Page last updated at 22:05 GMT, Monday, 24 November 2008

Southern shoppers 'to head north'

VAT will be cut from 17.5% to 15% for 13 months

The cutting of VAT from 17.5% to 15% will have a "massive impact" on the level of cross-border shopping, a leading economist has said.

Professor Mike Smyth said it would result in record numbers of southern shoppers travelling north.

Professor Smith said the savings to be made on Christmas shopping could justify a family travelling from as far away as Dublin up to Newry.

In the west, shoppers could travel from as far as Galway to Enniskillen.

The cutting of VAT to 15% for a 13-month period was announced by Chancellor Alistair Darling on Monday as part of the pre-Budget report.

VAT cut by 2.5 percentage points
45% tax rate on earnings over 150,000 from 2011
All National Insurance to go up by 0.5% from 2010
Economy to shrink by up to 1.25% next year
Borrowing to hit record 118bn
Phased increase in vehicle excise duty

It will leave the rate in Northern Ireland more than 6% lower than in the Republic.

"The reduction in VAT, along with the fact we're already in discount mode, is going to have a huge effect on cross-border shopping," said Professor Smyth of the University of Ulster's School of Economics.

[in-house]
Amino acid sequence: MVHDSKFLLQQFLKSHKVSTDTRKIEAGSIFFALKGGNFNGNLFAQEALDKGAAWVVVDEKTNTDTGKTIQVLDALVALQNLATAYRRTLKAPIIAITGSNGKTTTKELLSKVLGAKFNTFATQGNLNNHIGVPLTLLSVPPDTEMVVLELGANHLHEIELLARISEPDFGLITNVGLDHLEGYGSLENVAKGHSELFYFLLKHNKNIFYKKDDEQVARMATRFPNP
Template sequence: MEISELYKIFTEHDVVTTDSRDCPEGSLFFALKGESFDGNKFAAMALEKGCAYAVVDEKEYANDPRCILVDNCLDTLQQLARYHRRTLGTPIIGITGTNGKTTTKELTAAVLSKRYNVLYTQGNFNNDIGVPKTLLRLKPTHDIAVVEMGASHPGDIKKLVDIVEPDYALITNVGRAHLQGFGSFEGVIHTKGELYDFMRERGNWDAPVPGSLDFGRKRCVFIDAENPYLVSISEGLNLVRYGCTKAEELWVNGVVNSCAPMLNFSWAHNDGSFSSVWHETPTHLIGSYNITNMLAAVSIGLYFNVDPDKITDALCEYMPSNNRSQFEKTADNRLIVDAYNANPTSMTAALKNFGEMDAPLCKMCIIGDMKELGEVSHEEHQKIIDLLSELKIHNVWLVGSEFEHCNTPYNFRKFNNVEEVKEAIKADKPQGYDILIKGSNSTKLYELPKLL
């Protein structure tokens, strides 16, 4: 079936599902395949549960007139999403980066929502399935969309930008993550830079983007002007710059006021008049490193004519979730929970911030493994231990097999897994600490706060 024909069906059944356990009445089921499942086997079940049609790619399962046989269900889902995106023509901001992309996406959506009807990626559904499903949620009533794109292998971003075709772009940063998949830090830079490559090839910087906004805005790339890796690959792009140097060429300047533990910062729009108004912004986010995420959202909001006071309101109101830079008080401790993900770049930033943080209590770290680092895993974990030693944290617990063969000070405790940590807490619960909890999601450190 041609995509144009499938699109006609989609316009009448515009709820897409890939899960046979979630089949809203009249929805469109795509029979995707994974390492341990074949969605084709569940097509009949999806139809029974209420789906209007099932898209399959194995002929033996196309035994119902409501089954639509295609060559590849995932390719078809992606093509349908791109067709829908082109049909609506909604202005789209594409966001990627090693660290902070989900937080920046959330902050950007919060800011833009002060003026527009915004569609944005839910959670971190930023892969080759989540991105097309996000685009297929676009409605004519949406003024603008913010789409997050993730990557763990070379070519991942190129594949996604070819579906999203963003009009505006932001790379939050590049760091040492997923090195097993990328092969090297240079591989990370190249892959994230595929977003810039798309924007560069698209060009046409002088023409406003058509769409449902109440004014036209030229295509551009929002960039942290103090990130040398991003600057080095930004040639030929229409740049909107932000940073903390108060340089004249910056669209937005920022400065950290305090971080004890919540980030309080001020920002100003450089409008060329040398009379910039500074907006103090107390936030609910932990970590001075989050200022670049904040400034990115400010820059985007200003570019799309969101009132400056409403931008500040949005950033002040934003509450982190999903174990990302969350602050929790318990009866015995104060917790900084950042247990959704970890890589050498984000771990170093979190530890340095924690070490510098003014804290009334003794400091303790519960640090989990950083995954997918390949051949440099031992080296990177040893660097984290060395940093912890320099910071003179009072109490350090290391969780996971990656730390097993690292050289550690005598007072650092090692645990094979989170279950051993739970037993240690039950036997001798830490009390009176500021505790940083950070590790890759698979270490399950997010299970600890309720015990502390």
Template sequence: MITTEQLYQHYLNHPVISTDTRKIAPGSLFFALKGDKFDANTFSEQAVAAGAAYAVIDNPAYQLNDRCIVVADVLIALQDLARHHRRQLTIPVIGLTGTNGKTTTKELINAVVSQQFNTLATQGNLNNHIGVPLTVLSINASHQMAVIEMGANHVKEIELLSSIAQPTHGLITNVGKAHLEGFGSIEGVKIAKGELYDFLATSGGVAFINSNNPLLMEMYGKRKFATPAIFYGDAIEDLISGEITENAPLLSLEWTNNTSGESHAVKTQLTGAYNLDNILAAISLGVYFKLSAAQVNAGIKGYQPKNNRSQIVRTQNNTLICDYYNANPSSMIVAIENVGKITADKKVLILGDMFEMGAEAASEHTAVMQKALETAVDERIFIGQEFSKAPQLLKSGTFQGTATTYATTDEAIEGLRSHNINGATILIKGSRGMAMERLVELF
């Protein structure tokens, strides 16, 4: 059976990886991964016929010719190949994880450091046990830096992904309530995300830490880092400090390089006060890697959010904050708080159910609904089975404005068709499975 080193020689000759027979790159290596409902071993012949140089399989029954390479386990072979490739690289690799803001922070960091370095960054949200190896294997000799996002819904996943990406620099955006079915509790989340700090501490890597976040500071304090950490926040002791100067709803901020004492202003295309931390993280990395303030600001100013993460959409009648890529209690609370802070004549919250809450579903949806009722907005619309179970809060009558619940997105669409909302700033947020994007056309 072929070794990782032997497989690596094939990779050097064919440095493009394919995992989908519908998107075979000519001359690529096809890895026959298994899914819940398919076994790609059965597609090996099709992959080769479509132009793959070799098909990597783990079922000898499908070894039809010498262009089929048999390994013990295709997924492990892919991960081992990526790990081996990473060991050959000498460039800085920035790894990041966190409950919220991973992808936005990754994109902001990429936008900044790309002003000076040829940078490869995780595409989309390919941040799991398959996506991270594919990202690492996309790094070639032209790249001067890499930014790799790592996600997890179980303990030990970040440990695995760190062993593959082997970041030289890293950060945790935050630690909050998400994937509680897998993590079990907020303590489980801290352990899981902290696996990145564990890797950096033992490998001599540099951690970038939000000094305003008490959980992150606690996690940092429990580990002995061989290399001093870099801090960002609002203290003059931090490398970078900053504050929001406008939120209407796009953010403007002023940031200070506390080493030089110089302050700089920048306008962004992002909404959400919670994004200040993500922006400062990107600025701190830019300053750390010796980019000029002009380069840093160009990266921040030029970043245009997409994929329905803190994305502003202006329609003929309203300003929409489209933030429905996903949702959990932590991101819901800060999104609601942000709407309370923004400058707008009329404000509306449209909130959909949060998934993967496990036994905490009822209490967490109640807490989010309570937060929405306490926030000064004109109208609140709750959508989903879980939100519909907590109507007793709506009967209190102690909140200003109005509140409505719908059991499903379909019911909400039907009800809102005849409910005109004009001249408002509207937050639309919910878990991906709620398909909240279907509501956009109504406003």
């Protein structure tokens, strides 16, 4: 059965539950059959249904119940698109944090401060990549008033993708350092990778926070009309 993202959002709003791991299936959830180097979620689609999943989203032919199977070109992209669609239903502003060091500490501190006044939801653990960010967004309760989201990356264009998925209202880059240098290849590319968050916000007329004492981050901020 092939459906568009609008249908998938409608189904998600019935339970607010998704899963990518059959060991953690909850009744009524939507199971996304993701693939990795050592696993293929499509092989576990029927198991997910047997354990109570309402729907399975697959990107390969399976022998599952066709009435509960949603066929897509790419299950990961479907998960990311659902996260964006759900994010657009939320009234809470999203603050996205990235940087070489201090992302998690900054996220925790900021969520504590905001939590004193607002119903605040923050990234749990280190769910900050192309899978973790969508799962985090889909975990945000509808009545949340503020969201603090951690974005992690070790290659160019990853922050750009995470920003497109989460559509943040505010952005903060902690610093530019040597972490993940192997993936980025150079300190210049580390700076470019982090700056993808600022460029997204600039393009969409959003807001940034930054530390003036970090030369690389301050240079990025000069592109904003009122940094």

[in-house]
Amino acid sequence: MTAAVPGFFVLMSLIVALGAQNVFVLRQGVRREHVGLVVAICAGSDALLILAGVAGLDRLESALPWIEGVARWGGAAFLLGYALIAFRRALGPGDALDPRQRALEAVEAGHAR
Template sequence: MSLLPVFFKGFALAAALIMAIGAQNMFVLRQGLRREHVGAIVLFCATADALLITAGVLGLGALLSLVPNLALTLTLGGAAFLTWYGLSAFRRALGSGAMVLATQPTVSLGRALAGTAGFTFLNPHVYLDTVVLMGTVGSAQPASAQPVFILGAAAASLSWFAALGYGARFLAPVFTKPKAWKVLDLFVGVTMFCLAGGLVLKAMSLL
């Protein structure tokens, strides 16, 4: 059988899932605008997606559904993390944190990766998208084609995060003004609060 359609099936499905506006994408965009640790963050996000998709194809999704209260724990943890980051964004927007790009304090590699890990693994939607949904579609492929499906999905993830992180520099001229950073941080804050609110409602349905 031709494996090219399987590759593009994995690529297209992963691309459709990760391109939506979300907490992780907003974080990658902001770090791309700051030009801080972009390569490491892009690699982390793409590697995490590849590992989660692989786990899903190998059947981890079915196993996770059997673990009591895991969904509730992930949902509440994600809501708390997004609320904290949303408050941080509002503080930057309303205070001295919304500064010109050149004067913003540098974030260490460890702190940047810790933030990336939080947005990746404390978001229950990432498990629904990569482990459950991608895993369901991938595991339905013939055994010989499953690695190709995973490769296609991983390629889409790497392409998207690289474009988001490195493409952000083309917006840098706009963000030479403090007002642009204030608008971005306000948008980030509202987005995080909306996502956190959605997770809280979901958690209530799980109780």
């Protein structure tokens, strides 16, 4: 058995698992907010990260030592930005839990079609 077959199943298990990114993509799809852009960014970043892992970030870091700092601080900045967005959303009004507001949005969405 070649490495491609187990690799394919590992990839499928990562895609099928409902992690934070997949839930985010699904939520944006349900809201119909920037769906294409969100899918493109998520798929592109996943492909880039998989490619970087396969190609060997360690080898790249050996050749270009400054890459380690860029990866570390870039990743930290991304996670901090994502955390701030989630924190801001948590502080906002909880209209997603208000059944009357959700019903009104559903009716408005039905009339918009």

"If you consider somewhere like Argos - all their catalogue's prices are going to be outdated so they're going to be bringing out leaflets on which the prices will be slashed.

"That's going to have a psychological impact, with people wanting to make sure they're also benefiting from the bargains to be had.

"And if people find the traffic is too busy around somewhere like Newry, they'll travel on to Lisburn, Belfast, wherever.

"It's going to impact across the board, and white goods, such as washing machines, were already much cheaper up here anyway."


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Retail Ireland spokesman Torlach Denihan warned the VAT cut would have "very serious" consequences for border towns in the Republic.

"It makes Ireland less competitive in comparison to our nearest neighbour (and) will compound the problem of people crossing the border to shop," he said.

"As a country we need to look at our VAT rate and consideration should be given to a lower rate as part of a package to stimulate the economy and reverse the decline in retail sales."

However, Taoiseach Brian Cowen said that as a smaller economy, the Republic had less "room for manoeuvre".

The Chancellor said the VAT cut would put about 12.5bn in consumers' pockets.

However, shoppers will not be able to take advantage of cheaper drink, as duty on alcohol, tobacco and petrol will permanently rise to offset the 2.5% VAT cut.

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